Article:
Comet-chasing space probe makes surprise discovery
A space probe aiming to become the first to land on a comet has taken images that appear to show its target could actually be two separate lumps of rock and ice, scientists said Thursday.
The pictures released by the European Space Agency were taken by its Rosetta probe, which is nearing the final stage of its decade-long mission to drop a lander on comet 67P/Churyumov-Gerasimenko.
"Some people have already likened the shape to a duck, with a distinct body and head," the European Space Agency said. Mission scientist Matt Taylor had a different comparison: "a strange-looking potato."
"It's certainly an exciting surprise," said Taylor. Until now 67P was believed to have a more compact, rounded form.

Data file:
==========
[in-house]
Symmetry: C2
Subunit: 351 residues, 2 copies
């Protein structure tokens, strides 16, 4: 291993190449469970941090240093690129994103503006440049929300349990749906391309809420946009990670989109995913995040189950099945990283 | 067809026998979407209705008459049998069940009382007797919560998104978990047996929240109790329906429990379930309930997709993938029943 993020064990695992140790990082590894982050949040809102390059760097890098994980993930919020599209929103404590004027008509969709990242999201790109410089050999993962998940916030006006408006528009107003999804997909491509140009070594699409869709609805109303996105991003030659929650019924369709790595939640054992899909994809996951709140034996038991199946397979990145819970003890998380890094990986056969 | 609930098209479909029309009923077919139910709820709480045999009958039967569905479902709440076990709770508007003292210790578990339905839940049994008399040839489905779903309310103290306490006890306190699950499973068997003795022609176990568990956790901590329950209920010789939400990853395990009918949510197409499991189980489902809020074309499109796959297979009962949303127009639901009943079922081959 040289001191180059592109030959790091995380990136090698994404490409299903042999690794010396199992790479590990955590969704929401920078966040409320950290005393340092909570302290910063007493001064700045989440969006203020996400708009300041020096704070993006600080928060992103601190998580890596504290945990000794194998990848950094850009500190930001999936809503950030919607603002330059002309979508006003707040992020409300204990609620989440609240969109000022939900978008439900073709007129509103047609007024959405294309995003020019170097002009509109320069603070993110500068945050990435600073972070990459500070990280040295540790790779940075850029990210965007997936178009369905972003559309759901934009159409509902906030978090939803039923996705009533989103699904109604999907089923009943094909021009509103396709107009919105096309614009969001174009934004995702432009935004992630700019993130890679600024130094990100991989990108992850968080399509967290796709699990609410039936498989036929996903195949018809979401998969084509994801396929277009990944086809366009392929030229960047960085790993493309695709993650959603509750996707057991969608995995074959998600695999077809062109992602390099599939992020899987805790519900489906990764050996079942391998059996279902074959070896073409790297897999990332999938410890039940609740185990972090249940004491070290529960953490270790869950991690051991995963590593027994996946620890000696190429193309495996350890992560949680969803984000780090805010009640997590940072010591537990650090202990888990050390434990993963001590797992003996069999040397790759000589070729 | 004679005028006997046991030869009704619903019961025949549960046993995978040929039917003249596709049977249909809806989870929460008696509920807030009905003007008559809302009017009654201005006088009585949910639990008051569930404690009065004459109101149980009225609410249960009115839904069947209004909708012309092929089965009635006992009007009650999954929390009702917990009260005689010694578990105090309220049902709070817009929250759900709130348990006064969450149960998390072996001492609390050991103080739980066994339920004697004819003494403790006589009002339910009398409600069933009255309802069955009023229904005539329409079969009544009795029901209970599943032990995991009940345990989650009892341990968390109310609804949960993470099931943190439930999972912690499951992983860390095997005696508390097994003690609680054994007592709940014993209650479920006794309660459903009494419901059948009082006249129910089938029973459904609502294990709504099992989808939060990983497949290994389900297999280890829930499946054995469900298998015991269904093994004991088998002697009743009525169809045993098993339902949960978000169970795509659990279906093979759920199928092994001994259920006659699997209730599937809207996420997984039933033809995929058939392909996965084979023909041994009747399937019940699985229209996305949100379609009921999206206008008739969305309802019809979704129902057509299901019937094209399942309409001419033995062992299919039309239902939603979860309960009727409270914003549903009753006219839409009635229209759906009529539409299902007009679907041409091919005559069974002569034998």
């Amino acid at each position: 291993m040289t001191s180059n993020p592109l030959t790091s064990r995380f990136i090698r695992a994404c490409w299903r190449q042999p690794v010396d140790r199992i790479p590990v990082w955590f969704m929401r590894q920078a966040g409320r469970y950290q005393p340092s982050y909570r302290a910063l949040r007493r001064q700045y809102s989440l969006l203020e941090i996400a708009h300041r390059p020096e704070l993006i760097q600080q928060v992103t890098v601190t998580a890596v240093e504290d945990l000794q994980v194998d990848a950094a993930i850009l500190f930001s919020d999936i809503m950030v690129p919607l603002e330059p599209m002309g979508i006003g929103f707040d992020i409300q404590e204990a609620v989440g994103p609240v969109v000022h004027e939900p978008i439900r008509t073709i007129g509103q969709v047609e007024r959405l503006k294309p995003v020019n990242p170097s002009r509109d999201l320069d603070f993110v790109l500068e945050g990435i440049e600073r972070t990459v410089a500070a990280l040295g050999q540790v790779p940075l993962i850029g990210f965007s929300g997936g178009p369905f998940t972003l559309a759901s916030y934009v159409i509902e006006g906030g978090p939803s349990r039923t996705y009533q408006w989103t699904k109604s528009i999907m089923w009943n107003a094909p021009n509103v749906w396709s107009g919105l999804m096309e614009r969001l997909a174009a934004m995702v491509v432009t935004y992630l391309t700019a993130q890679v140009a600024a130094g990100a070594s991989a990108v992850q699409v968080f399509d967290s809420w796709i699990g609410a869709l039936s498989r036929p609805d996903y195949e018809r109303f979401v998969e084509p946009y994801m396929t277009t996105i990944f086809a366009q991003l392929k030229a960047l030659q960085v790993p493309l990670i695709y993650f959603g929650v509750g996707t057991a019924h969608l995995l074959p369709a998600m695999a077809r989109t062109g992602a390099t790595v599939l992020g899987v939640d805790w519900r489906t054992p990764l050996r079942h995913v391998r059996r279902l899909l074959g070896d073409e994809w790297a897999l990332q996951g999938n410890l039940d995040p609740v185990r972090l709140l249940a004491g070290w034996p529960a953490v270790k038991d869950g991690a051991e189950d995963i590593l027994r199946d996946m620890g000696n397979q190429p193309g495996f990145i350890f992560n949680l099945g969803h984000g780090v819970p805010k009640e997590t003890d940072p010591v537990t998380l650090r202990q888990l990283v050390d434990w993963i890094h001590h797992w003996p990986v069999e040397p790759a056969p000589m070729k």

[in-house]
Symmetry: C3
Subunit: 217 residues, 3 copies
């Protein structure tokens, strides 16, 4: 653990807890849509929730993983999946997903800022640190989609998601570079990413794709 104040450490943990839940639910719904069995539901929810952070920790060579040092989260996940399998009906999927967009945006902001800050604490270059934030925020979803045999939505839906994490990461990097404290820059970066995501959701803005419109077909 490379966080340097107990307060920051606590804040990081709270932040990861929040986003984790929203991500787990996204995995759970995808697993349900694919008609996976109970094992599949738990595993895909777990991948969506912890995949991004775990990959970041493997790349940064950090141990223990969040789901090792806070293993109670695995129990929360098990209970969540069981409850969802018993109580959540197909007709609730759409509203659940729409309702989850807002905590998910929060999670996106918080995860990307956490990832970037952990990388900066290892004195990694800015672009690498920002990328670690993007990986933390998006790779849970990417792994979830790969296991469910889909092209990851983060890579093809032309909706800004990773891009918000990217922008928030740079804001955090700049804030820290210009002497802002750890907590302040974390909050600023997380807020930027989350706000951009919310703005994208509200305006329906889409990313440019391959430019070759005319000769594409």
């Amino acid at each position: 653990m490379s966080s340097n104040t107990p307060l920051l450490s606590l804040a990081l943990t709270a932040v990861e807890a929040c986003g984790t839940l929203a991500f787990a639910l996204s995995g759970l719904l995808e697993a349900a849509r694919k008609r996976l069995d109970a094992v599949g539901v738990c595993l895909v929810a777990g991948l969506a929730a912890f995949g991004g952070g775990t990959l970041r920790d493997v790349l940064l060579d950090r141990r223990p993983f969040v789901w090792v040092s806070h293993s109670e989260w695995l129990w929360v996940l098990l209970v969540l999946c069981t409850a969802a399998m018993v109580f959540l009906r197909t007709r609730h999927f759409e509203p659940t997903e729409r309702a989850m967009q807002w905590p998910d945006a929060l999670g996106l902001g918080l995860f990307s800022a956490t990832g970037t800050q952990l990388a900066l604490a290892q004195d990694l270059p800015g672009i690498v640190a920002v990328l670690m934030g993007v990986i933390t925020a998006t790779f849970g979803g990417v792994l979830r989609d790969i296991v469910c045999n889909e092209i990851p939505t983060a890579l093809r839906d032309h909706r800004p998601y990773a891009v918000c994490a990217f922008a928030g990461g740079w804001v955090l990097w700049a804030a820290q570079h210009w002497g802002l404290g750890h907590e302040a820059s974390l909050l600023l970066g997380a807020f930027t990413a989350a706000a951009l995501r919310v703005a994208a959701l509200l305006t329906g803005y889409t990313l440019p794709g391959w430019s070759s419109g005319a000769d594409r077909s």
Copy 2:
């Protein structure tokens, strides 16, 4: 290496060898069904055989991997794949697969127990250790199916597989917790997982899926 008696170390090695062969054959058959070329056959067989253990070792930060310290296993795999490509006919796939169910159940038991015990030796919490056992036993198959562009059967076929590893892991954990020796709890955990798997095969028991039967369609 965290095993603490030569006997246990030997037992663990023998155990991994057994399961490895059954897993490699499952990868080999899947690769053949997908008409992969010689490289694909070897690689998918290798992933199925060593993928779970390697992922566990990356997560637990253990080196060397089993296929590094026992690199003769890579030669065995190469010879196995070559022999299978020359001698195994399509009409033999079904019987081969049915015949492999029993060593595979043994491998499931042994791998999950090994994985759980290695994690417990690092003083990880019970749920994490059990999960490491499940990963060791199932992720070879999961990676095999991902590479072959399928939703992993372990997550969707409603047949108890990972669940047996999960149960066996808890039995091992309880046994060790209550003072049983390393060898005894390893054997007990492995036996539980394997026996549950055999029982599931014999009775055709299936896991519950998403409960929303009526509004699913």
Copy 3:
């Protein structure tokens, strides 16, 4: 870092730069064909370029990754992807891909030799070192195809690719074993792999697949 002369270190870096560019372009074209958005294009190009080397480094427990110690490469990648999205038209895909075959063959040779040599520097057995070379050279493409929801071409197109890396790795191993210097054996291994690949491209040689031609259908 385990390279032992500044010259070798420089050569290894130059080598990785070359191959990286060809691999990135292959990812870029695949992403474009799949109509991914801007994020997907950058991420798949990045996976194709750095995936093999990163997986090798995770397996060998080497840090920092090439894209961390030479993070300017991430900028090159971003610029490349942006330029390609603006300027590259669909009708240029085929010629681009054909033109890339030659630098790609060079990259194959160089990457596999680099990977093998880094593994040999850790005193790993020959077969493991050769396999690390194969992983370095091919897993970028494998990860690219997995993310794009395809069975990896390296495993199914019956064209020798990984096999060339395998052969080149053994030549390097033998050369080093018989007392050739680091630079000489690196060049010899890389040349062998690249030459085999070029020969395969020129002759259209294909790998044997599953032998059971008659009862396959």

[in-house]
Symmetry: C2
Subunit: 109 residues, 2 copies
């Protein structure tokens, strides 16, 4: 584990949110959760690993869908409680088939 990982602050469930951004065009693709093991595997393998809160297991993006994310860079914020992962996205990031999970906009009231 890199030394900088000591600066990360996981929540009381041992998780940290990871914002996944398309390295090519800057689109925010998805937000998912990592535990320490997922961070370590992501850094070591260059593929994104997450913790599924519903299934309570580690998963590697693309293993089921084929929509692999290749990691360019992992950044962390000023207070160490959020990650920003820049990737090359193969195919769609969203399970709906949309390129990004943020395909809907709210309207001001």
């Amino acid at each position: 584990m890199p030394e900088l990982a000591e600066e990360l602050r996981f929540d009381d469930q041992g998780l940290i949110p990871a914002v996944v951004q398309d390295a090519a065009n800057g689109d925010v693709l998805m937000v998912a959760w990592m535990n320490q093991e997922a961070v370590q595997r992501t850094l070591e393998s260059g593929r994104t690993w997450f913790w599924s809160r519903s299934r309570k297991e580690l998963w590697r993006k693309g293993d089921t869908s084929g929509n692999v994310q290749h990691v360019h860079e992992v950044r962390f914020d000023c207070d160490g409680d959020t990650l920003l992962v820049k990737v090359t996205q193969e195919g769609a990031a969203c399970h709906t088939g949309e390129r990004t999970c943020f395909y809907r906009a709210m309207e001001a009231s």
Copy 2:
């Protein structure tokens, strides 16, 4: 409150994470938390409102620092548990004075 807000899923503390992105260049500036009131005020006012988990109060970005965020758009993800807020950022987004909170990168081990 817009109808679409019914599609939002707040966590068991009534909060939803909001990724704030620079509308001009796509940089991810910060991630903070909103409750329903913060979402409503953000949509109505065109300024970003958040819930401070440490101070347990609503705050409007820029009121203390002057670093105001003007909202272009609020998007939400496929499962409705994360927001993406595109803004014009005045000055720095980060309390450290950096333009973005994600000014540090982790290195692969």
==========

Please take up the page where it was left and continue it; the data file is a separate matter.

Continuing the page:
One explanation is that the comet is a so-called contact binary composed of two parts, indicating that 67P either broke apart or fused with another comet at some point. Another is that it's one unit deformed by its passage past Jupiter or the sun, said Taylor.
Because the pictures were shot when Rosetta was 12,000 kilometers (7457 miles) from the comet—about the distance between New York and Johannesburg—the unusual shape could also result from a digital processing method that was used to smoothen the image, he cautioned.
"We're looking forward to the next month when this body comes into closer resolution," Taylor said, adding that for the time being scientists aren't making any changes to the probe's flight path.
Rosetta is scheduled to come within 100 kilometers (62 miles) of the comet Aug. 6. It will observe the comet for several months before attempting to drop a lander onto its icy surface in November.
67P is about four kilometers (2 ½ miles) long and orbits the Sun every six-and-a-half years.
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